The survey, available during May and June 2017, could be filled in a completely anonymous manner, because respondents’ personal data -beyond their profession- were not collected, Respondents were informed about study objectives and received guarantees regarding the storage and management of data. A total of 68 individuals completed the survey, of which 41 were professionals of the sector and 27 were students and university professors. The diversity of professional profiles among respondents was quite high, because we got responses from all subsectors (radio-television, cinematographic, multimedia and digital) and from individuals performing tasks in different stages of the value chain and with different levels of responsibility. Results were analyzed with the IBM SPSS Statistics program (Castañeda, Cabrera, Navarro and De Vries, 2010).

3. Results
3.1. Relevance granted to competencies

In general, we can say that all competencies included in the survey were evaluated very positively by professionals, teachers and students of audiovisual communication. Thus, none of them was scored with less than a mean value of 3 – that is, all competencies were at least considered as moderately important. Besides, in most cases, the most common response was a “very important” or a “extremely important”. However, differences found are detailed as follows.

Regarding the nineteen disciplinary competencies considered, in average all of them were considered at least as moderately important. Furthermore, in all of them the median was equal or superior to 3 in a 1 to 5 scale, which means that more than 50% scored with “approved”. In general, we observe that disciplinary competencies were evaluated positively, but without reaching so elevated scores as the ones found in other competency dimensions. The disciplinary competency valued the least by professionals and students of audiovisual communication was one regarding the knowledge of economic and social aspects of companies (mean of 3.06, with a standard deviation of 1.16, becoming the least valued competency in the survey), while the competency perceived as most important was the one related to the correct use of native languages and English (mean of 4.40, with a standard deviation of only 0.87, which means it was considered between very and extremely important). The competency with more disparity in responses is related to the knowledge of evolution and the social impact of information and communication technologies, with a standard deviation of 1.20 points compared to the average score of 3.81. Competencies directly linked with the creation and production of audiovisual products, for instance “To know the organizational structures and to apply the techniques, processes of creation, production and audiovisual dissemination in their different phases” or “To know and apply the resources, methods and procedures to build and analyze audiovisual stories” were also considered highly important, the contrary compared to competencies related with theoretical knowledge of the field or other competencies closest to the advertisement and public relations’ field.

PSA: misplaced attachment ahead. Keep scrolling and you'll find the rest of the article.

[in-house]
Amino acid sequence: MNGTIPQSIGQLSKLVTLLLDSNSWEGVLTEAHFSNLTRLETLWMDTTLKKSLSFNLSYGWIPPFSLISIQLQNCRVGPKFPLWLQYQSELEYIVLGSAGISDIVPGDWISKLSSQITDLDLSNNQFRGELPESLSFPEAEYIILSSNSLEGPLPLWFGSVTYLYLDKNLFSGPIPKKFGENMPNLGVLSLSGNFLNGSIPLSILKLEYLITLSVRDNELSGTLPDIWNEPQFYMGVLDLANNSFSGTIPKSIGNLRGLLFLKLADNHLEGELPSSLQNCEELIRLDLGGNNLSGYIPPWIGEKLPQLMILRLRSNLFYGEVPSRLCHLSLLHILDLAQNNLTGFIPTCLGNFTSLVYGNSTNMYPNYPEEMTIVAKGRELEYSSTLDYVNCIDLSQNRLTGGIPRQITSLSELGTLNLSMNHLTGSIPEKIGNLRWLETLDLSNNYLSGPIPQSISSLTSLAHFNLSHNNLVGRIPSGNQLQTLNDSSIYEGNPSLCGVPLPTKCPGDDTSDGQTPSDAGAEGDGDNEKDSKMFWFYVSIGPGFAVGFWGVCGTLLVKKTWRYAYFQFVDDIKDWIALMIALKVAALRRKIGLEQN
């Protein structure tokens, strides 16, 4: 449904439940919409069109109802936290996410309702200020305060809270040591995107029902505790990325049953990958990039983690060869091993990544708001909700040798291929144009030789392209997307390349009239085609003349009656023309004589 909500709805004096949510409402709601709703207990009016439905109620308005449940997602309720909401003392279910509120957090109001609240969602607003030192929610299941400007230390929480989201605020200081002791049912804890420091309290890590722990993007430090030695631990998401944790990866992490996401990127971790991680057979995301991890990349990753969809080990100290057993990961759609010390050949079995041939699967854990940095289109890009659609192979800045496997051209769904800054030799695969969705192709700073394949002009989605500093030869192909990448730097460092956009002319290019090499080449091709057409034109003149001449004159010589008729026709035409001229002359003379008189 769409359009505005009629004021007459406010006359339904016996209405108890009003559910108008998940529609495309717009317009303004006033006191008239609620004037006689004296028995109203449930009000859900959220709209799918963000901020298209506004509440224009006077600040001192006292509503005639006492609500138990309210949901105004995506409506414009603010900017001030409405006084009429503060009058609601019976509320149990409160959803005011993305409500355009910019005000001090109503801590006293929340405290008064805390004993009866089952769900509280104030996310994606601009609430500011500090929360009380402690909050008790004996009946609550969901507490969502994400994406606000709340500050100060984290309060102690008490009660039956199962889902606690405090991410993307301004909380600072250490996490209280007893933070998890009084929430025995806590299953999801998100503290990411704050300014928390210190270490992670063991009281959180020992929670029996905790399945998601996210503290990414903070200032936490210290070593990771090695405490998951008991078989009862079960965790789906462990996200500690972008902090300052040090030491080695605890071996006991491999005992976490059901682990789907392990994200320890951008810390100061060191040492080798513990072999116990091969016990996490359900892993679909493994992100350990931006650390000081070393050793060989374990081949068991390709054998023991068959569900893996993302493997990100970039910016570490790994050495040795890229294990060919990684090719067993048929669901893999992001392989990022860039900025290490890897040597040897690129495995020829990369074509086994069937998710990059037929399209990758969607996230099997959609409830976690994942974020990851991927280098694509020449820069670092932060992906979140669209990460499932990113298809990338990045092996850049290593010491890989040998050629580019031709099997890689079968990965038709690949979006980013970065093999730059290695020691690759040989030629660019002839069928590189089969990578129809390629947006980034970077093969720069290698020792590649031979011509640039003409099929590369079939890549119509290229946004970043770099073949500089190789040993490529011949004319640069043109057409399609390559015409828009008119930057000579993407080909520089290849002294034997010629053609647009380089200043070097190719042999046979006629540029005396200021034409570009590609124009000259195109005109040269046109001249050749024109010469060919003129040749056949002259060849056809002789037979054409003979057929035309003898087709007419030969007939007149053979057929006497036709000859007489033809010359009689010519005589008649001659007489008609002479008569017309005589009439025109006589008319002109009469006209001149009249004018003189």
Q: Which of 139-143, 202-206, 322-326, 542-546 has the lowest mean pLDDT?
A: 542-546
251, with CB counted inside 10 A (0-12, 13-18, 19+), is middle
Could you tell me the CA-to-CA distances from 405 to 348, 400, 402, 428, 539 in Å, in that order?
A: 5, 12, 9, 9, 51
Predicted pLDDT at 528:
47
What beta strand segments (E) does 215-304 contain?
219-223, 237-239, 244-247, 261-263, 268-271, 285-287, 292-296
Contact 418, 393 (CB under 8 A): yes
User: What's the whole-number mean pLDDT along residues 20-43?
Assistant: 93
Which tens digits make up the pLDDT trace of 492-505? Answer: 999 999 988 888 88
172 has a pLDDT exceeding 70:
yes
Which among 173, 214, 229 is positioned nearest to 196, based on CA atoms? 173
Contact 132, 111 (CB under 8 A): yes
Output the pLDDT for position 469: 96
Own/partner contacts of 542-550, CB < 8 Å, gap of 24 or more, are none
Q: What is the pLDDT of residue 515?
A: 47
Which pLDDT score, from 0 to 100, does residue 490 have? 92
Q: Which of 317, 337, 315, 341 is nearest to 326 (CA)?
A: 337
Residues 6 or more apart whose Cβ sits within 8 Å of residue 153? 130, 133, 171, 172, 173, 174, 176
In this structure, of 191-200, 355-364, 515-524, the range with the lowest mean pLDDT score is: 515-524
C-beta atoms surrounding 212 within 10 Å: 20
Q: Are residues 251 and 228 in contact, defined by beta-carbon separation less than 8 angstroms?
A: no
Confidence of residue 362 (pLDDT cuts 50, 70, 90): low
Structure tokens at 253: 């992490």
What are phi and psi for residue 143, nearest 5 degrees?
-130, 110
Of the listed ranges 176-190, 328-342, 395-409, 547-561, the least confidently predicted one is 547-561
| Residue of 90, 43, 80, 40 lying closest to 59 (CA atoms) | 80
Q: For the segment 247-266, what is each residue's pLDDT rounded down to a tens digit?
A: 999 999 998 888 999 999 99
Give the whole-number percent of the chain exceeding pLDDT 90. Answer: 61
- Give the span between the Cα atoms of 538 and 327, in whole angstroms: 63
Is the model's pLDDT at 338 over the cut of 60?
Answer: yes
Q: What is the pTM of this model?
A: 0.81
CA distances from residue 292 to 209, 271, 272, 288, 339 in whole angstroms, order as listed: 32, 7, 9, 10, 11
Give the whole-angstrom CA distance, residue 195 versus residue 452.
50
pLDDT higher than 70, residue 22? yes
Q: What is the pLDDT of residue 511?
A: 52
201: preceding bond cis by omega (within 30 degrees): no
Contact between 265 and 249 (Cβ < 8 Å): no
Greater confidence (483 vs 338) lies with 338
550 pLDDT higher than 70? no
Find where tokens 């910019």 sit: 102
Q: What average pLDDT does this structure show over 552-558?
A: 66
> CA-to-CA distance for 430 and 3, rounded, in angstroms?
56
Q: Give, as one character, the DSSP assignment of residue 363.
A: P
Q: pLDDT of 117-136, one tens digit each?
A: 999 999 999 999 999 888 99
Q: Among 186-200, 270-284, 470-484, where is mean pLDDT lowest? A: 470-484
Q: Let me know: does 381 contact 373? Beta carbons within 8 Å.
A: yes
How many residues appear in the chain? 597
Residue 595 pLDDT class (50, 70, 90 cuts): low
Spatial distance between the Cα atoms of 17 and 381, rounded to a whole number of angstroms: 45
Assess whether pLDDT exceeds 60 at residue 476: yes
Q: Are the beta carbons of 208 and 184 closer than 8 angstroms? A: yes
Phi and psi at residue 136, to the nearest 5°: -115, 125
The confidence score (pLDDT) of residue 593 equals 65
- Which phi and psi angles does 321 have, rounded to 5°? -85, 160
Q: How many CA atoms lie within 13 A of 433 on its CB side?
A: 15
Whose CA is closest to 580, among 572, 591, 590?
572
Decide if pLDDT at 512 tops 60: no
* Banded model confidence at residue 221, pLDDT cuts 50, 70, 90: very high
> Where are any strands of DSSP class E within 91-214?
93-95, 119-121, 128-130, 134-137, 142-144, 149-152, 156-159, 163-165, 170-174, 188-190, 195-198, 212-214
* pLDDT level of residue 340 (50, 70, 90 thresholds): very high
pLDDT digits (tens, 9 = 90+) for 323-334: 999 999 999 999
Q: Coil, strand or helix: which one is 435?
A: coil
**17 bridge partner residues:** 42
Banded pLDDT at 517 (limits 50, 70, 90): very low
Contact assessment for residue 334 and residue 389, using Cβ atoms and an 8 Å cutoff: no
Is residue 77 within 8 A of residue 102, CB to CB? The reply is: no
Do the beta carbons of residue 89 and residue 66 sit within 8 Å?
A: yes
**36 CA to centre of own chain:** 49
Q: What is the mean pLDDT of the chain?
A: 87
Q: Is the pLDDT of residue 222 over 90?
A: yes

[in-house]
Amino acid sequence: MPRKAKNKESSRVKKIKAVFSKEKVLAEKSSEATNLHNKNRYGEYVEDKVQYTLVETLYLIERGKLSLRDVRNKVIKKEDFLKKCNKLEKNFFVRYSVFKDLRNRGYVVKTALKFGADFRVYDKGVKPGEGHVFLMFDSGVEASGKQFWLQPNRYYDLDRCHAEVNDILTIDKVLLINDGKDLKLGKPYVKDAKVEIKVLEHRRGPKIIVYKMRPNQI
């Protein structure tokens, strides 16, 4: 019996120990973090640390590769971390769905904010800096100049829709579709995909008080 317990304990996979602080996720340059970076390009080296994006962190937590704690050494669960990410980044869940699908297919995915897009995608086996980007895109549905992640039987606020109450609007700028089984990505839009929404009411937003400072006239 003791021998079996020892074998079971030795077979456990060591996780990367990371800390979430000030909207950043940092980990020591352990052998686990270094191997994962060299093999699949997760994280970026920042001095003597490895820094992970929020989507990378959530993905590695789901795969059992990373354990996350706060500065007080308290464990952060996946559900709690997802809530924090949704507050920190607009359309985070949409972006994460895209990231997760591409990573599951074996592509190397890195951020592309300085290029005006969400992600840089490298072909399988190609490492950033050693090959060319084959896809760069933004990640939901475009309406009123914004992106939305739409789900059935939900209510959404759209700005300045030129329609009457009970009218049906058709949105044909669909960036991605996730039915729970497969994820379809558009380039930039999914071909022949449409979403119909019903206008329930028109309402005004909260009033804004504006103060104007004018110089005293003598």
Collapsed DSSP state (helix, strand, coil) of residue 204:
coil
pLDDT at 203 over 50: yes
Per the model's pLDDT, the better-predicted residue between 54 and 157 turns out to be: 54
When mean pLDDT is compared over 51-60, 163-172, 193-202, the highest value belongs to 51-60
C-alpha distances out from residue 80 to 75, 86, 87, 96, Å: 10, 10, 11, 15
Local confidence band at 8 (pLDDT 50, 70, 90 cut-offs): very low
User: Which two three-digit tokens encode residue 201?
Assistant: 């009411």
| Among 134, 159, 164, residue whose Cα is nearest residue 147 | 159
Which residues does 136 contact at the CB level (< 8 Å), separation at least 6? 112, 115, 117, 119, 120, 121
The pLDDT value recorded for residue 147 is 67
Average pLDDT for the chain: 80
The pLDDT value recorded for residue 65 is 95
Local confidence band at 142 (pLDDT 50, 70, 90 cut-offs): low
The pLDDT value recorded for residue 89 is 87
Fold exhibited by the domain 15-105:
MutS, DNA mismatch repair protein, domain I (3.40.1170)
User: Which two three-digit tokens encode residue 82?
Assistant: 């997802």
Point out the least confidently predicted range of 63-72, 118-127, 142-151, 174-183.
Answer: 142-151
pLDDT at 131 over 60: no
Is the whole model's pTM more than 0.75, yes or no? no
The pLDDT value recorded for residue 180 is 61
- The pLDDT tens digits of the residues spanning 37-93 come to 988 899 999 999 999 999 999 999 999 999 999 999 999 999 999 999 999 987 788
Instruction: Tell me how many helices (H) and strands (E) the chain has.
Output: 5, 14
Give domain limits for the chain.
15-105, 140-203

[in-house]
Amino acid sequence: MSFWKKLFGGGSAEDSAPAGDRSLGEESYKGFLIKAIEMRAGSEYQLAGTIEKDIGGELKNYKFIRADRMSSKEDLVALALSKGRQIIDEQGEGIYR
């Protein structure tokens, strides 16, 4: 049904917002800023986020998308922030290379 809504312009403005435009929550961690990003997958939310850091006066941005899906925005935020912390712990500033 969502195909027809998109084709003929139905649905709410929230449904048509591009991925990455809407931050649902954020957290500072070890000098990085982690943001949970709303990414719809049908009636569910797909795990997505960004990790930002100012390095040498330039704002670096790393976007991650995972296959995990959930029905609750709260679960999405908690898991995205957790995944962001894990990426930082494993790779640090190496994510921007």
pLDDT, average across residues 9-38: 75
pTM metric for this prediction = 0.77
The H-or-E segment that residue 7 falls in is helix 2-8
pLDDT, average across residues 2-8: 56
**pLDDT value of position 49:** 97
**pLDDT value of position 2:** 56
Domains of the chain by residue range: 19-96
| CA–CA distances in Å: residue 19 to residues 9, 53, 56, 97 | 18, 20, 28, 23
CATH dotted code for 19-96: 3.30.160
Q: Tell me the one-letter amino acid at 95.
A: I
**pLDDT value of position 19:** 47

Table 1. Level of importance granted to disciplinary competencies

 

Mean

Standard deviation

Median

Mode

To know the historic evolution, processes, theories and psychological models of communication.

3.16

1.09

3

4

To use native languages and English applied to the sector correctly.

4.40

0.87

5

5

To know the historic, political, economic, cultural and aesthetic parameters of societies and their influence on communication.

3.71

1.13

4

5

To know the structure of communication media and their main platforms and formats.

3.19

1.18

3

3

To know the ethics and professional deontology as well as the juridical framework of the sector.

3.87

1.13

4

5

To know the theories about advertisement, public relations and corporate communication.

3.13

1.17

3

3